During the following Q&A session, Mariya Brestnichka post a series of wonderfully insightful questions including how lawyers become part of the network, whether there are internal regulations, how strategic decisions are made, and whether or not there is a central board of members. Ms. Zhang answered each of these questions in an equally insightful way, explaining that while there are a set of clear guidelines as to who can become a member of the network, they remain relatively basic to encourage as many qualified lawyers as possible to join the network. She further explained that there are a group of leading lawyers in each province, and the requirements for these central members is slightly more stringent than general members of the network. As for decision-making, they have found that smaller group decisions are generally representative of the whole so they don’t worry about including every one of the 9,000 members in each decision.
Deepika Murali then asked if they saw more regard for human rights and more participation from the government in the past twenty years, since Zhicheng began. Ms. Wang explained that prior to 2010 or 2011, there was little to no government participation in child protection initiatives and legislation, but over the past nine years, the legislation and participation has improved vastly. While some laws are still lacking, there is at least one new piece of legislation released each year. For example, this year there was a policy paper recently released about “social orphans” or children whose parents are not dead, but they are in prison or the child has been abandoned. The policy paper stated that these social orphans are now eligible to receive benefits and support from the government. Several other great questions were asked, including Hishom Prastyo Akbar’s question on how Zhicheng handles situations in which they are asked to represent both the plaintiff and defendant in the same case, the response to which was working with various other organizations to determine what is in the best interests of the child.
Director Tong wrapped up the morning session with a call for support in Zhicheng’s mission to move beyond China’s borders and create an international cooperative of child protection lawyers. He asked the members of the seminar to discuss how to increase awareness of Zhicheng’s objectives and their own through the use of social media. He emphasized the importance of working together to spread our goals to the general public, and hoped that throughout the afternoon there would be a good conversation on how exactly to achieve that while considering societal, cultural, and legal differences between each of our countries.
Attractive social media forms and effective technological tools to promote NGO work was the topic of this afternoon’s session. The concurring idea amongst participants was that social media is a highly effective tool when complimented with various other on-the-ground approaches. Social media itself can be ineffectual and often lead to more confusion, congestion and distraction when employed without strong and clearly formulated aims. Stavros Milionis raised that it is necessary to not only harness social media but also apply a lateral approach to reinforce the benefits of social media. Catherine Scerri agreed with this approach to leverage the effectiveness of social media by building meaningful human relationships outside of the electronic space and at a personal more human level.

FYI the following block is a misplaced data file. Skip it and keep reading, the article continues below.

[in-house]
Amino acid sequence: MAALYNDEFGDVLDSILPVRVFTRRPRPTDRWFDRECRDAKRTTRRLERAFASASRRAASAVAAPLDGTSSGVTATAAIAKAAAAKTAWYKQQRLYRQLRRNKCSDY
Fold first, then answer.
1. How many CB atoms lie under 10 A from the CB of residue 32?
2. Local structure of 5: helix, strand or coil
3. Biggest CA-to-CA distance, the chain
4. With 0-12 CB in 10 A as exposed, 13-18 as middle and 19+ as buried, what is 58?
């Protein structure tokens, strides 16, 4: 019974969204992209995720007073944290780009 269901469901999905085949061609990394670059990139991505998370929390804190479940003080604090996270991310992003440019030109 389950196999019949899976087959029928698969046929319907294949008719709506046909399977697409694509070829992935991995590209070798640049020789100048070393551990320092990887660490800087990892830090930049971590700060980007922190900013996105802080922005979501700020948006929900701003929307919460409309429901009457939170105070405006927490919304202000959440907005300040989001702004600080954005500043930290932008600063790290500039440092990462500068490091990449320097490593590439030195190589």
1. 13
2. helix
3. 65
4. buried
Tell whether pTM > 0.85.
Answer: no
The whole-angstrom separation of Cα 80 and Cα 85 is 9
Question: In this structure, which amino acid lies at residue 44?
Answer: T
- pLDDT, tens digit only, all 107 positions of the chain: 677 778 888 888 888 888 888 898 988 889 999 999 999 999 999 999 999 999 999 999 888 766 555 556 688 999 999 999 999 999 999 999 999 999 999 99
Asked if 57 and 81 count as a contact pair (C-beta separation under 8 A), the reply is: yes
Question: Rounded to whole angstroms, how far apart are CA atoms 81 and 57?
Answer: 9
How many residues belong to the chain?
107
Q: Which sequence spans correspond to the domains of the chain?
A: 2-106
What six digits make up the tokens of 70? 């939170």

Most refreshingly, Maxim raised the importance of social and emotional intelligence as a key skill for anyone managing NGOs and networks. To create effective and clear communication channels, there must be solid human-to-human connection. For this human connection, directors and managers must be able to firstly possess general people managing skills such as a formidable personality, up to date on all topical and relevant issues, technologies, laws and policies. The consolidation and possession of these skills endear leaders to their workers, expedite access to information and establish legitimacy and respect amongst different tiers of the organisation. Attached to these general skills, NGO and network leaders must possess innate people and personality insights so that they can tailor their communication styles to other workers and stakeholders, further improving communication lines internally.
The final segment of the afternoon session was defined by Mariya Brestnichka’s “consensus workshop” guided by the question: what are the most practical and realistic ways to contribute to the continuation of the work here? Participants split into groups of three to four and innovated different ways to continue the work after the Global Participation seminar, in the form of “Global South Network”. These ideas were then grouped into different categories including: Activities on national level; technical support; capacity building; products; advocacy; platform for sharing. Some of the ideas falling within these categories put forward included cross-border technical support and a worldwide observatory for children’s rights to make observations after reviewing the reports prepared by members of the network. The group finished with a round-table discussion on how these ideas may be implemented with resolve to come back tomorrow and crystallise ideas and put them into practice.